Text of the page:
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Save the bay

Torika Chandra
Saturday, July 12, 2014

THE uncontrolled loss of mangroves in urban and peri-urban areas is a huge concern for the World Wildlife Fund Pacific.

WWF South Pacific Programme said Fiji cannot afford to lose any more given the proposed rezoning of Waibola from residential to heavy industrial.

In their letter to the Lami Town Council objecting the proposal, WWF-Pacific representative Kesaia Tabunakawai said conversion of mangrove land into types of proposed developments will negatively impact fisheries in the bay.

"The mangroves of Draunibota Bay are one of the few large remaining stands of mangroves in the Suva area," Ms Tabunakawai said.

"Many of Suva's mangroves have been cleared in the past and as a result, coastal communities now have to spend large amounts of money, either replanting those same mangroves or investing in expensive rehabilitation works, to keep the shoreline from eroding.

"This would not have to happen if the mangroves are kept intact."

She said as proponents of sustainable development, and the emerging Green Growth Framework for Fiji policy, WWF supports the use of checks and balances not to discourage development but to ensure that a fair and open process of consultation with the public is followed.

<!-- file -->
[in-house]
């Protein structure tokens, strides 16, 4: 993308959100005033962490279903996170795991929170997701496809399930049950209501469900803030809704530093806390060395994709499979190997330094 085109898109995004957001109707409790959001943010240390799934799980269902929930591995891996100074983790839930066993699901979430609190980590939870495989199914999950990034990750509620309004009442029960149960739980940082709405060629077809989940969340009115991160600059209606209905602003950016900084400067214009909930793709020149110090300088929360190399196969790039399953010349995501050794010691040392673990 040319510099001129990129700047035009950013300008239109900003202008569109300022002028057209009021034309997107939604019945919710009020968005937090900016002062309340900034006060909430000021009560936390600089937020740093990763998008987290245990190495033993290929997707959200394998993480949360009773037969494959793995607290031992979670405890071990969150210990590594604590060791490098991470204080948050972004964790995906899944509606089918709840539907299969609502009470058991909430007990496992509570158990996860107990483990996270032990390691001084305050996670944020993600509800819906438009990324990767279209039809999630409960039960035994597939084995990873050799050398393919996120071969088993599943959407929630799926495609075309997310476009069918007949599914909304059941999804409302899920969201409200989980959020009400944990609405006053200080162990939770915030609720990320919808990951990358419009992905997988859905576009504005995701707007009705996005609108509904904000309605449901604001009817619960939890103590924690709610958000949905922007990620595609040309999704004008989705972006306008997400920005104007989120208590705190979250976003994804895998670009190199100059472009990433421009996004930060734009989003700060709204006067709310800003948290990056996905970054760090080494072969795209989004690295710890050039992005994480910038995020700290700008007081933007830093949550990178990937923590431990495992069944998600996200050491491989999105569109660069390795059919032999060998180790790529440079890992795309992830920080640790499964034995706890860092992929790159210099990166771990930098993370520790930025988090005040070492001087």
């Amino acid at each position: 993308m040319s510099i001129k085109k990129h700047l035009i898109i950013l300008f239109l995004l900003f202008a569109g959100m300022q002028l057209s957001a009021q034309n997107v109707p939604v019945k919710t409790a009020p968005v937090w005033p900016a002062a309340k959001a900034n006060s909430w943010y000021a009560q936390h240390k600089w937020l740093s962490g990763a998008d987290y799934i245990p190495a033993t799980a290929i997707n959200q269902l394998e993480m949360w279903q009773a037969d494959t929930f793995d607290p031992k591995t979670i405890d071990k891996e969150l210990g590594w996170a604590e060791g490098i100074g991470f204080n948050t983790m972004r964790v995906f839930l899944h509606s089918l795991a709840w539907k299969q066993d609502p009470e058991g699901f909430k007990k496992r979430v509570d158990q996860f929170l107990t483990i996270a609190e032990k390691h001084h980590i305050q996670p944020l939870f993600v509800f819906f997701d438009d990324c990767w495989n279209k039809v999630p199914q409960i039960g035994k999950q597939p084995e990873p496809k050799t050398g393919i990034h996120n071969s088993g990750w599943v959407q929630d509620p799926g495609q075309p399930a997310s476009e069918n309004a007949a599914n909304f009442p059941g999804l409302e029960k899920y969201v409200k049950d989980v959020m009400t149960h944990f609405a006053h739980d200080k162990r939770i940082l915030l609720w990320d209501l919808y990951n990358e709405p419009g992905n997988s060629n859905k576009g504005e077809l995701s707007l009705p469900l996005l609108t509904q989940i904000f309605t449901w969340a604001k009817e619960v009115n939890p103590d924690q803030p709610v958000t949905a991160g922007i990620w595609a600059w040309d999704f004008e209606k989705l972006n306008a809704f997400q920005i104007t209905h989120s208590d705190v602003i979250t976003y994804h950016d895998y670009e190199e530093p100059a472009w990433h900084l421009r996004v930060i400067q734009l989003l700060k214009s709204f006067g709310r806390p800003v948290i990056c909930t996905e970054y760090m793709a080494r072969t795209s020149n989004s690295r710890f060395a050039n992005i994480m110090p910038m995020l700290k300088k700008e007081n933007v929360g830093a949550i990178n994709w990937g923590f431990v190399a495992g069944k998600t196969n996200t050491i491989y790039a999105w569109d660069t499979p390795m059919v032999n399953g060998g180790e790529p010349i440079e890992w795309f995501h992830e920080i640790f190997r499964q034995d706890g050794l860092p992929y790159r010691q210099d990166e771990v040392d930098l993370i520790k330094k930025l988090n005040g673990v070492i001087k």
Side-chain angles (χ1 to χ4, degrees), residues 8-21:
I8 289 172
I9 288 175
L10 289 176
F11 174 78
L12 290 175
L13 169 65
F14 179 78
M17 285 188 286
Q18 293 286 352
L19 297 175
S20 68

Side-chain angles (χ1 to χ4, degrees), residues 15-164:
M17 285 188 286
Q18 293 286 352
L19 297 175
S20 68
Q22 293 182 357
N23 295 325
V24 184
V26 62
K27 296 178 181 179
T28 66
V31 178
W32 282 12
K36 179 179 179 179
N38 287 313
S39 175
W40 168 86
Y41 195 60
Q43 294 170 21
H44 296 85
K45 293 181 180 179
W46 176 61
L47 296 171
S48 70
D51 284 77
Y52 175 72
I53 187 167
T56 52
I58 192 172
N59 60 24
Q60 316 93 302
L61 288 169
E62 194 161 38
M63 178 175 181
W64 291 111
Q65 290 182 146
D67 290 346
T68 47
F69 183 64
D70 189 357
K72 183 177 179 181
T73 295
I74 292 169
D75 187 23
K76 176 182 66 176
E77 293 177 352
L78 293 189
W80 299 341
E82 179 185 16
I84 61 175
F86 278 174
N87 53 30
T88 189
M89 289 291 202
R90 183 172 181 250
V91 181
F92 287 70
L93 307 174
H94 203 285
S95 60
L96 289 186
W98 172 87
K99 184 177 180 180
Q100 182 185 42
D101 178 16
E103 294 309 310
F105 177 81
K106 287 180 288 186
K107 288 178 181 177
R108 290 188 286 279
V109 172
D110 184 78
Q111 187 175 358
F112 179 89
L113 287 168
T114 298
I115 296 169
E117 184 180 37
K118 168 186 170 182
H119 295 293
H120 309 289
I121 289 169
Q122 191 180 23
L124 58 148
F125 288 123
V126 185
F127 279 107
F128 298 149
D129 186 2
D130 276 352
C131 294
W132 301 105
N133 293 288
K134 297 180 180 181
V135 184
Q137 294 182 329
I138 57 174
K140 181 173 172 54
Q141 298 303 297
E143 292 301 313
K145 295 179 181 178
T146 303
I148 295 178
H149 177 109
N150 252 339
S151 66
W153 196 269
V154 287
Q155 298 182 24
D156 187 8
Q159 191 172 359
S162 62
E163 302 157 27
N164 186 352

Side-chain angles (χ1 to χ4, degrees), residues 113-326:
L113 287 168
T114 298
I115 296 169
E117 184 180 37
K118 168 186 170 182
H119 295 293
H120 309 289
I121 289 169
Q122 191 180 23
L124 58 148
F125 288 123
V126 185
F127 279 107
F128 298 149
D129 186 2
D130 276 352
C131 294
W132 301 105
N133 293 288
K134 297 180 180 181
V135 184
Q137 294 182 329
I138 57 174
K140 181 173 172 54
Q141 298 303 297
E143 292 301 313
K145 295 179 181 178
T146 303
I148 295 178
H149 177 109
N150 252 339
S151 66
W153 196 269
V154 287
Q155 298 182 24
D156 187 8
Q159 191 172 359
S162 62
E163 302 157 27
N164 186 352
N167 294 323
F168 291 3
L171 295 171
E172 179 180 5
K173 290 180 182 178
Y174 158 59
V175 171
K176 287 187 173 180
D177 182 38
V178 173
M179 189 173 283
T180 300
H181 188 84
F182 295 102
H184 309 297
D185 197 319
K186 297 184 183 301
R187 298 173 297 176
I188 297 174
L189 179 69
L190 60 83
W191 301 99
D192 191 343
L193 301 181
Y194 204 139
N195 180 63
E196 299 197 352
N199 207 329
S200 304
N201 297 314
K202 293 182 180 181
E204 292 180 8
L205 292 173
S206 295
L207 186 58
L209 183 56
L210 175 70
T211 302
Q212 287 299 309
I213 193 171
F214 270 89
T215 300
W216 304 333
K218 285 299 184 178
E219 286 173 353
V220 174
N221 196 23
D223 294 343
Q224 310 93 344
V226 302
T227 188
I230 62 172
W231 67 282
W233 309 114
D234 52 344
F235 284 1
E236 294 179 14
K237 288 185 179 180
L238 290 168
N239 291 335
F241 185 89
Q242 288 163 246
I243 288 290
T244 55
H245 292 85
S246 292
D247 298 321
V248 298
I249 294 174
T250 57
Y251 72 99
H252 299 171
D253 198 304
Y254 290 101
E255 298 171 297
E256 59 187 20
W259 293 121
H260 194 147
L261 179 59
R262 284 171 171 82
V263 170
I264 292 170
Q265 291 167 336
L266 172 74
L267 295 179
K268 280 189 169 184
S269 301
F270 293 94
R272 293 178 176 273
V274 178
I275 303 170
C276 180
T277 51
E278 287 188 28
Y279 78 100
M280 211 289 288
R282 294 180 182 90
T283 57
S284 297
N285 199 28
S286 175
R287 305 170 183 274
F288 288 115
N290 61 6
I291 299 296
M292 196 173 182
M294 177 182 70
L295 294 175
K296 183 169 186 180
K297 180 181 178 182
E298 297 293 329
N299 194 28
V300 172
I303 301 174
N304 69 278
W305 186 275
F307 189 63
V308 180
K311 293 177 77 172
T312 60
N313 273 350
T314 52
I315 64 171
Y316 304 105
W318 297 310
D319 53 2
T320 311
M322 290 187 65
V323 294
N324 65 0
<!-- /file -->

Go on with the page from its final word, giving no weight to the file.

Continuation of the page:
"Development is necessary but it should and can progress in a way that is mutually beneficially for the developers, the environment and those that depend on the natural resources for their sustenance and livelihoods.

"This also includes making wise decisions about the types of development allowed in vulnerable areas."

Ms Tabunakawai said Lami, particularly Draunibota Bay, still retains some pristine areas, which made it an attractive place for people to settle and trade.

"Let's not repeat the mistakes of the past by sacrificing this natural capital to the interests of unrestrained and harmful development. It is not too late to save Draunibota Bay."

Lami Town Council special administrator Jasper Singh said all objections to the proposed development had been forwarded to the Director of Town and Country Planning for the final decision.





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